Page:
Before I begin my evisceration of this incredibly offensive, stupid, sexist, and misogynistic episode wrapped in a Katy Perry turd sandwich, I’d like to offer my apologies to Cherry Grrl’s esteemed Editor-in-Chief, Laura. See, I was convinced this episode might offer a nugget of substance around Santana’s storyline, and I told her to watch it. I am now responsible for wasting an hour of her life, and probably making her want to punch things, drink, and/or stab herself in the eyeballs. Sorry, Laura. That said, I actually do recommend watching the episode, that way when it’s time to grab our pitchforks and mobilize upon Fox Studios, we’ll have an impressive legion at our disposal.
This is not a traditional recap, as I’d rather get a pap smear in Grand Central Station than go scene by scene this week. Instead, I will break this episode into its three logical parts: Things I Don’t Give a Rat’s Ass About, Things That I Want to Kill With Fire, and Things That Didn’t Make Me Want to Bang My Head Against a Wall.
Things That I Want to Kill With Fire
1) The episode title, and titular musical number. You know what song is perfect to symbolize the growth and acceptance of a lesbian character struggling with her sexuality? “I Kissed a Girl,” by Katy Perry. You know, that song about wacky faux bisexuals snogging girls for funsies, while hoping their boyfriends don’t have a problem with it. In case you’re currently residing in a snow cave in Antarctica, some of the lyrics include:
I kissed a girl just to try it, I hope my boyfriend don’t mind it
It felt so wrong, it felt so right, don’t mean I’m in love tonight
Mmm, empowerment. It feels so wrong when I kiss girls, too. Oh wait, no it doesn’t, because I’m not some drunken asshat experimenting in a hipster bar. Like Santana, I’m actually a lesbian. Kissing girls isn’t wrong, and it’s not done just so you can say you tried it because being a lesbian is not like snowboarding or ordering an anchovy pizza.
Look, I have no problem at all with Katy Perry; her songs make excellent soundtracks for debauchery, drinking games, and vacuuming. And girls with boyfriends can kiss all the cherry-lipped girls they want, for whatever dumbass reason they choose. This is America. My problem is that this is the song Glee chose to have Santana perform to affirm her comfort with her own gayness. It comes directly after her first encounter with a gay bully, and directly before she tells New Directions that her parents were okay with her coming out.
Choosing “I Kissed A Girl” as the musical number for this storyline is like choosing 50 Cent’s “Baby By Me” as a ballad for family values. I’d also like to point out that there is not one single girl kissing a girl in this entire episode, unless you count one pathetic background cheek kiss. And I don’t. The scene did, however, have plenty of shots of the boys of glee panting and drooling with visions of threesomes and naughty girl kisses.
2) Dudley Do Finn. Somehow, Glee managed to make this episode not about Santana’s coming out struggle, but about Finn the Bravehearted rescuing her again and again – from missing glee sectionals, from her own self-loathing, and by convincing her she’s special and worthy.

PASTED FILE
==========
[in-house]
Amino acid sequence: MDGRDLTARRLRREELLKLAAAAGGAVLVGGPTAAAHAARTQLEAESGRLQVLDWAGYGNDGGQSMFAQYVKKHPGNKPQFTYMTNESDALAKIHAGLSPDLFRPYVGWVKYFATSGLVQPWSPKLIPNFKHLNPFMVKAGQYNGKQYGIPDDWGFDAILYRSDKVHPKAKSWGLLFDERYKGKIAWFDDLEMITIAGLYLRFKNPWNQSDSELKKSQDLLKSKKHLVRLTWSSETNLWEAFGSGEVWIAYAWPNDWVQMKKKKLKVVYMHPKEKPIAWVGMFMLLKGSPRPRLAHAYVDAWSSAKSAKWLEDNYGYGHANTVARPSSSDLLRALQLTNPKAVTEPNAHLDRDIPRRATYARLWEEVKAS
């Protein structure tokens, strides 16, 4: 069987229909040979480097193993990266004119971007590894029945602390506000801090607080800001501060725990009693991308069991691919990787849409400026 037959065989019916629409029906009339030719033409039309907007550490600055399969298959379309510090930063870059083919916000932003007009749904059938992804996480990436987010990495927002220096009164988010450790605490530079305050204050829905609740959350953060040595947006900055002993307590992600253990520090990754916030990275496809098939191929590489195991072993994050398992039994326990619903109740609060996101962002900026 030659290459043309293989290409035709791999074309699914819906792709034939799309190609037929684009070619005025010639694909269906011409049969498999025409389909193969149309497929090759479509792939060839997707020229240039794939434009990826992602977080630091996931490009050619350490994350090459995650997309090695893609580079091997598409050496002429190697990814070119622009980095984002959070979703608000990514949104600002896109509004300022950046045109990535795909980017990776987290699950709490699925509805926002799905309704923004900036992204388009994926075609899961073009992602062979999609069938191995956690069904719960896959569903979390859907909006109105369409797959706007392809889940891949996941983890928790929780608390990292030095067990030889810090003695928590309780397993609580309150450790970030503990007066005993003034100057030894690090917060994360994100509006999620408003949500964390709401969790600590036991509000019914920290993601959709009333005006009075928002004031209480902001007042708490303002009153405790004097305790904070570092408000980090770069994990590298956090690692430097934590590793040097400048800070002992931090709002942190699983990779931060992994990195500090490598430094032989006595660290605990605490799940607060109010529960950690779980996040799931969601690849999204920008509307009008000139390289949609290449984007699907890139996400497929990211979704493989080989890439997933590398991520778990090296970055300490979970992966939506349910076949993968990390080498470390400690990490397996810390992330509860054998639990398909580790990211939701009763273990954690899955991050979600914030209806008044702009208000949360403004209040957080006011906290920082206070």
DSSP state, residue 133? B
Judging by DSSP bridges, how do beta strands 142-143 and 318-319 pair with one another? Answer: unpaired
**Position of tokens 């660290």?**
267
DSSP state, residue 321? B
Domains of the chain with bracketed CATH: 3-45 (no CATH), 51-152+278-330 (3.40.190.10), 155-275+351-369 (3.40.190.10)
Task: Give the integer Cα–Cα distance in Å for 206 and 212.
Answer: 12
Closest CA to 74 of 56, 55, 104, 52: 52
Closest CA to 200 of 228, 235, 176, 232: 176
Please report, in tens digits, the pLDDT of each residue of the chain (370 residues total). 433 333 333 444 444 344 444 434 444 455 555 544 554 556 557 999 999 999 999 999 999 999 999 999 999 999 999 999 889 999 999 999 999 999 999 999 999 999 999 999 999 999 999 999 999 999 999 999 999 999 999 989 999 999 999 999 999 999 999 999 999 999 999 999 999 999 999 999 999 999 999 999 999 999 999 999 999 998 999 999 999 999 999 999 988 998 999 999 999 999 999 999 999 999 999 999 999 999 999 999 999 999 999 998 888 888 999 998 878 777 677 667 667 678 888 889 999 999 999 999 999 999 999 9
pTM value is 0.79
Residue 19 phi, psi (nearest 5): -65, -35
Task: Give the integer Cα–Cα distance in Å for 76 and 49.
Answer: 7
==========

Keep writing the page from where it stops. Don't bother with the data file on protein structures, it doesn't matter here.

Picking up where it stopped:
The first scene of the episode is Santana in Principal Figgins’ office, about to be suspended for slapping Finn across the mouth. Mr. Schue incorrectly says that Santana slapped Finn unprovoked, because I’d say having someone tell half the school you’re gay when you’re closeted could be a reason for getting decked. Of course no one mentions this to Figgins, not even Santana herself, but luckily Finn saves her by lying and saying she didn’t really slap him. Did he lie because he felt bad about what he did and thought this was his chance to make up for it? Of course not, he lied because he feels bad about how messed up and mean she is because of her self-loathing.
Later, when Finn proposes a week of songs “by ladies and for ladies,” he gives a patronizing speech about how they’re all worried about Santana and will therefore force her to sing lesbian songs and deal with her sexuality so she doesn’t kill herself. She has no choice but to sit there as they take turns basically patting her head via song.
When Blaine and Kurt offer their support by singing Pink’s “Perfect,” Santana dismisses them with a mean (though amusing) joke about their ridiculous clothing. Finn immediately follows up their performance with his own, singing Santana a crappy, slowed down rendition of “Girls Just Wanna Have Fun,” by Cyndi Lauper. By the end, Santana is moved to tears, hugs him in gratitude, and thanks him. This is apparently the support she’s needed all along, because suddenly she’s happy and secure in her lezzitude. Finn, who lost it when Kurt had a crush on him, is now the Gay Whisperer.
What in the hell, Glee? So, let’s see…Finn, the straight guy who publicly outed Santana, causing a stupid political scandal which then outed her to the entire state, the guy who just last week told her what a terrible person she is gets a warm, BFF-type hug and a big thanks? Hilariously, Blaine and Kurt, the two guys in the school who might actually understand her gay struggles get rudely brushed off. Watching Finn become a hero because of what he did to Santana made me want to choke him with his shiny golden halo. (continued on next page)